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Selective Inhibition of Autotaxin Is Efficacious in Mouse Models of Liver Fibrosis.

Bain G., Shannon K.E., Huang F., Darlington J., Goulet L., Prodanovich P., Ma G.L., Santini A.M., Stein A.J., Lonergan D., King C.D., Calderon I., Lai A., Hutchinson J.H., Evans J.F.

Autotaxin (ATX) is a secreted glycoprotein that converts lysophosphatidylcholine (LPC) to the bioactive phospholipid lysophosphatidic acid (LPA) and is the major enzyme generating circulating LPA. Inhibition of LPA signaling has profound antifibrotic effects in multiple organ systems, including lung, kidney, skin, and peritoneum. However, other LPA-generating pathways exist, and the role of ATX in localized tissue LPA production and fibrosis remains unclear and controversial. In this study, we describe the preclinical pharmacologic, pharmacokinetic, and pharmacodynamic properties of a novel small-molecule ATX inhibitor, PAT-505 [3-((6-chloro-2-cyclopropyl-1-(1-ethyl-1H-pyrazol-4-yl)-7-fluoro-1H-indol-3-yl) thio)-2-fluorobenzoic acid sodium salt]. PAT-505 is a potent, selective, noncompetitive inhibitor that displays significant inhibition of ATX activity in plasma and liver tissue after oral administration. When dosed therapeutically in a Stelic Mouse Animal Model of nonalcoholic steatohepatitis (NASH), PAT-505 treatment resulted in a small but significant improvement in fibrosis with only minor improvements in hepatocellular ballooning and hepatic inflammation. In a choline-deficient, high-fat diet model of NASH, therapeutic treatment with PAT-505 robustly reduced liver fibrosis with no significant effect on steatosis, hepatocellular ballooning, or inflammation. These data demonstrate that inhibiting autotaxin is antifibrotic and may represent a novel therapeutic approach for the treatment of multiple fibrotic liver diseases, including NASH.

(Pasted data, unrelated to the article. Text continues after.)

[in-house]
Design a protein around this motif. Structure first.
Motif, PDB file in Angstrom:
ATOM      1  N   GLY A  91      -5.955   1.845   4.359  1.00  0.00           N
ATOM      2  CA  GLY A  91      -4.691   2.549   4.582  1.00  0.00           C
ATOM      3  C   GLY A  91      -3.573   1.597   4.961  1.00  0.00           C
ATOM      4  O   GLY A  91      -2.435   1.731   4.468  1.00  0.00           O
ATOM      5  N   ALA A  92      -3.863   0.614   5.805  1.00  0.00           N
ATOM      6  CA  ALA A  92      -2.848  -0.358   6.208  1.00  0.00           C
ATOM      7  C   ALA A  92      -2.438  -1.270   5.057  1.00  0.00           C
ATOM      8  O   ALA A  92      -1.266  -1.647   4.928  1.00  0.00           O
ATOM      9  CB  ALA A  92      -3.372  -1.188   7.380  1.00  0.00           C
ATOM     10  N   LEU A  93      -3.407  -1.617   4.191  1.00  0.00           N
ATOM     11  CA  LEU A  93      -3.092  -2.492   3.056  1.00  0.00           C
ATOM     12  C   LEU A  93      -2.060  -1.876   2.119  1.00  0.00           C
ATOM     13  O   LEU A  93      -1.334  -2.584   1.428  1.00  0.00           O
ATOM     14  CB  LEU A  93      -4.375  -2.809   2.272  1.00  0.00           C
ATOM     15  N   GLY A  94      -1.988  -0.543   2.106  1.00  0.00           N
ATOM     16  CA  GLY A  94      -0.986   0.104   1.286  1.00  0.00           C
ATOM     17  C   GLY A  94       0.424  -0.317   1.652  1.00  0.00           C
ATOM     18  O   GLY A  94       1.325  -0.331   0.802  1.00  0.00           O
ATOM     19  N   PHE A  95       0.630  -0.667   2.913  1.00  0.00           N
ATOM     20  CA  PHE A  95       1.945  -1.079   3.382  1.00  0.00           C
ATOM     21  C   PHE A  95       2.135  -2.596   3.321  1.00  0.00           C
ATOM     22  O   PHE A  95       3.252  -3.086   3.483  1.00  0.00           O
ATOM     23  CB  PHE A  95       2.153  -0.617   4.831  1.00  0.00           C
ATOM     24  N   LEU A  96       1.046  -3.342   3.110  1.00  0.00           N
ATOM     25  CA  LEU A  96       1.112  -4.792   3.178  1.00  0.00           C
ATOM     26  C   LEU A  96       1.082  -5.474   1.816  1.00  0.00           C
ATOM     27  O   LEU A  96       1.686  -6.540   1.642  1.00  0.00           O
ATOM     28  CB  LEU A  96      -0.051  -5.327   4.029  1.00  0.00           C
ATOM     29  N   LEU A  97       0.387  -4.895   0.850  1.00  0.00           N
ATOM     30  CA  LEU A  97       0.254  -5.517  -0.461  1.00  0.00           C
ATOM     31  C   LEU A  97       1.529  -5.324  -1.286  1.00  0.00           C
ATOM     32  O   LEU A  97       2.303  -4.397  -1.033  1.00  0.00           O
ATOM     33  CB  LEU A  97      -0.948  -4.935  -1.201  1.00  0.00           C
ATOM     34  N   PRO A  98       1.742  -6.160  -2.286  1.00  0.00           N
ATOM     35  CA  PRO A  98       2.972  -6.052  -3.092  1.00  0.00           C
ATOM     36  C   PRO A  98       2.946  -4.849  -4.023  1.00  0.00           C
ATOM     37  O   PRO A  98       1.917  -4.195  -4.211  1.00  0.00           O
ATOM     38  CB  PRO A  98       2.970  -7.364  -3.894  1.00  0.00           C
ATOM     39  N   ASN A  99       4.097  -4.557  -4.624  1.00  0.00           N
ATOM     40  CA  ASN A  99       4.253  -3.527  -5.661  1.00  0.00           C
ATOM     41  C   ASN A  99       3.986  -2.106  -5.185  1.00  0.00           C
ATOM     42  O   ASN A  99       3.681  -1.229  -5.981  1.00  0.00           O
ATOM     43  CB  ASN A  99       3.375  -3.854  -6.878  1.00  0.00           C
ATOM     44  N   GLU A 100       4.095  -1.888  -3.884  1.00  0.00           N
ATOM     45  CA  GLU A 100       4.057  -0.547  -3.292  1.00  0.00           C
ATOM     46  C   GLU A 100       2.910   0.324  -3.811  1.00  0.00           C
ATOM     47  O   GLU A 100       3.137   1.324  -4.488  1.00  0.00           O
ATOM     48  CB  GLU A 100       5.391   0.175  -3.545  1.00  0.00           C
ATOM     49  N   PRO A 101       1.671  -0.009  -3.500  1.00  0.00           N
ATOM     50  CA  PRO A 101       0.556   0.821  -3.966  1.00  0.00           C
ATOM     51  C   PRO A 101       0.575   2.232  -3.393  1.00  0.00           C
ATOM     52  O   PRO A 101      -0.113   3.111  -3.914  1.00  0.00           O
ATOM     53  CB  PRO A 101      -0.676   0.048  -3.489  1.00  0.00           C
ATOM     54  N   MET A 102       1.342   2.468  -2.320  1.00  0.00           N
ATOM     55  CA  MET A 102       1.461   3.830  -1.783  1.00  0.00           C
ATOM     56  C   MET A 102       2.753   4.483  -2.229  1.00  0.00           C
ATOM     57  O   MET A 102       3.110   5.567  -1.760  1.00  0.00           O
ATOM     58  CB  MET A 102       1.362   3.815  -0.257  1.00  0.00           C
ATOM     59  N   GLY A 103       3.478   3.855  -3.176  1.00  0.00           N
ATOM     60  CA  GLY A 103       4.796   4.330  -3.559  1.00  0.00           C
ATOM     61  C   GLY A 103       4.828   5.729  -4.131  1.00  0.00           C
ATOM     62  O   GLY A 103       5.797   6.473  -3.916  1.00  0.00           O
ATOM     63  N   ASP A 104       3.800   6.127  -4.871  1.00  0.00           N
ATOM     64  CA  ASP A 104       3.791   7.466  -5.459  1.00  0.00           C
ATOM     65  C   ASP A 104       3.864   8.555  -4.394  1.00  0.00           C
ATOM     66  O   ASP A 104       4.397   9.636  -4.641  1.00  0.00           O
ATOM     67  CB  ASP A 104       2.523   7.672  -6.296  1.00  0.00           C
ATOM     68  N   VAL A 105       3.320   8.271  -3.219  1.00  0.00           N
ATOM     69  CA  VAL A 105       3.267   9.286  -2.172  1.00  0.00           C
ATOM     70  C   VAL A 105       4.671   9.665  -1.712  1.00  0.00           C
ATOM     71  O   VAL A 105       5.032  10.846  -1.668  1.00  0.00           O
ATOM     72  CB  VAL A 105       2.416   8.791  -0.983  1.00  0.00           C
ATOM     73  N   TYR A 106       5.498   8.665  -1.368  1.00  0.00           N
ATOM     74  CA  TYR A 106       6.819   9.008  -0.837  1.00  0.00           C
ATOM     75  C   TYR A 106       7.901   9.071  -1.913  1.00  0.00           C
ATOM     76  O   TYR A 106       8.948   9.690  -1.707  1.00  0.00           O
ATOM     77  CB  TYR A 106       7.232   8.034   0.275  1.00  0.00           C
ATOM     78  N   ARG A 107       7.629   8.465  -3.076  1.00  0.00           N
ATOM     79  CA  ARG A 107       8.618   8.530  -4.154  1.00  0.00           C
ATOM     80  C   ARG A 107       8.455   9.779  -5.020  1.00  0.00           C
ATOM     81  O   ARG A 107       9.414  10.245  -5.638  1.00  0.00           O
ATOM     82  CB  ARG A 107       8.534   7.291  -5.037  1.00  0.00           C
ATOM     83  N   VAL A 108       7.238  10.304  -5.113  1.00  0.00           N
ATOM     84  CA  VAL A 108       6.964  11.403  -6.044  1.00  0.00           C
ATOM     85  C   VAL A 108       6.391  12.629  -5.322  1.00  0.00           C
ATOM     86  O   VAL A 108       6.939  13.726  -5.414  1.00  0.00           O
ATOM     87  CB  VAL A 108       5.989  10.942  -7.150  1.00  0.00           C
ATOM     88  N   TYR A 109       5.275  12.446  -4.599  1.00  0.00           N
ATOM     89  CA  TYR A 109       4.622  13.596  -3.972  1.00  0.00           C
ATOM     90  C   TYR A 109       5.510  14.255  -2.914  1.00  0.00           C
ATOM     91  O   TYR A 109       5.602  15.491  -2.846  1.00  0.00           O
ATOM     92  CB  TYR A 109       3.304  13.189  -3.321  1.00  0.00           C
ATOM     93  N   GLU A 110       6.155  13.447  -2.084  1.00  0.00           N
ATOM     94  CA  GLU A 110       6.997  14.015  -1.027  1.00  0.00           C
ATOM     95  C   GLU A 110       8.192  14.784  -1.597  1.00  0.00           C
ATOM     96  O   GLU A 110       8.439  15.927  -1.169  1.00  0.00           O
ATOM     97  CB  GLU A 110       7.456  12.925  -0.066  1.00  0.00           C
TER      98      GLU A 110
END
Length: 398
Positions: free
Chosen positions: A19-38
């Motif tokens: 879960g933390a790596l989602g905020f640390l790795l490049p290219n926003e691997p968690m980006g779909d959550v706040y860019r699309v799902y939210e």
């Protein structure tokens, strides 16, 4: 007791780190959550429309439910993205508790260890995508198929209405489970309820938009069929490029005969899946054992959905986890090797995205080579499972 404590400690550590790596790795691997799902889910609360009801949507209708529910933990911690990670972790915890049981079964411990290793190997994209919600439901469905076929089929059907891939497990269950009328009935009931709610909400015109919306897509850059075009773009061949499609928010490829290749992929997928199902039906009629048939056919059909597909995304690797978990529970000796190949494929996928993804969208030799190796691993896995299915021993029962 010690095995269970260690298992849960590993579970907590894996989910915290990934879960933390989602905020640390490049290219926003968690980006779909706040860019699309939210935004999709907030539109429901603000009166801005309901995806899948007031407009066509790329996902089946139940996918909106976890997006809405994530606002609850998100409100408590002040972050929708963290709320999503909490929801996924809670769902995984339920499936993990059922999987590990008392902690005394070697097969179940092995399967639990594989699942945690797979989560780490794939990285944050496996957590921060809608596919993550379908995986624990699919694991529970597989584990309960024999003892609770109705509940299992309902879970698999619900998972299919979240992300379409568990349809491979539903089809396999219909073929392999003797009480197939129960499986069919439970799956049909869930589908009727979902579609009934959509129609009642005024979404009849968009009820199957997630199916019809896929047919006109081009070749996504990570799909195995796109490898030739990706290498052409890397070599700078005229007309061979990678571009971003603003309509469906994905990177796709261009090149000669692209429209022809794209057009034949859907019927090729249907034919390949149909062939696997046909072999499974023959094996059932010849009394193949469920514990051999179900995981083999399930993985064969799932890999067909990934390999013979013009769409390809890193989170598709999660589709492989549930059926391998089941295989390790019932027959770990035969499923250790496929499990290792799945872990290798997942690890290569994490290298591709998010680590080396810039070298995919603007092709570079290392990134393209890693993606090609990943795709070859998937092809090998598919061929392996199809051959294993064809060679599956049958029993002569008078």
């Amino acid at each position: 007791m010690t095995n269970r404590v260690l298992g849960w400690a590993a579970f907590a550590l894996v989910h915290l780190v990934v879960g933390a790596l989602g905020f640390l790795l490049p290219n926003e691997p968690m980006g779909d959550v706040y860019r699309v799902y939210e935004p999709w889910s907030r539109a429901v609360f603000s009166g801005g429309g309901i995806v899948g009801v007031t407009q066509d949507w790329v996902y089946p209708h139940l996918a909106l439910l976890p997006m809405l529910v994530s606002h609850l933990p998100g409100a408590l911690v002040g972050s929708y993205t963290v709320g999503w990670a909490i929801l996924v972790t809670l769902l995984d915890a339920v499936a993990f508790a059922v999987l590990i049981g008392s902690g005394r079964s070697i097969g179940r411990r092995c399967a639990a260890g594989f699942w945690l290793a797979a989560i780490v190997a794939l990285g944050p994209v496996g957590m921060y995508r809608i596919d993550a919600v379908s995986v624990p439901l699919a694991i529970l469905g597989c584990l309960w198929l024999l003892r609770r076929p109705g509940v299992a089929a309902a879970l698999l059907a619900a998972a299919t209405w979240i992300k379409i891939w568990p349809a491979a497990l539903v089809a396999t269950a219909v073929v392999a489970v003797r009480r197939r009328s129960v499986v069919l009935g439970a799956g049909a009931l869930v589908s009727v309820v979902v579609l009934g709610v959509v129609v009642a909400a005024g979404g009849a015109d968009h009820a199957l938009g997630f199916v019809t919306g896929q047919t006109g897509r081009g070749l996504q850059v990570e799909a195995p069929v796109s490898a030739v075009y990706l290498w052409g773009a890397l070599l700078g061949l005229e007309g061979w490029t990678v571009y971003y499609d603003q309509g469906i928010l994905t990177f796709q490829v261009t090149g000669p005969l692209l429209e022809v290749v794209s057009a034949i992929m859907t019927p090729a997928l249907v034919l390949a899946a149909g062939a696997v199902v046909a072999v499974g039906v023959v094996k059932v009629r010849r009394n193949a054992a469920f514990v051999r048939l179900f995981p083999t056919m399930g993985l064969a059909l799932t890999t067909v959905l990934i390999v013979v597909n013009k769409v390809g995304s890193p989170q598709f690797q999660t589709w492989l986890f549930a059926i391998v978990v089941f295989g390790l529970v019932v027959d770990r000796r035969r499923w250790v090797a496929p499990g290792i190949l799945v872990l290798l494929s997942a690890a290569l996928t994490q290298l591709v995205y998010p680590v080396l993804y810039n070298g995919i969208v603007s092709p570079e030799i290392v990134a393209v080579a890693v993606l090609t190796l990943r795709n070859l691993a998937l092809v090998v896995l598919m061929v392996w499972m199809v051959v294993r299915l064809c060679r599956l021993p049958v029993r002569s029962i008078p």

J. Pharmacol. Exp. Ther. 360:1-13(2017) [PubMed] [Europe PMC]

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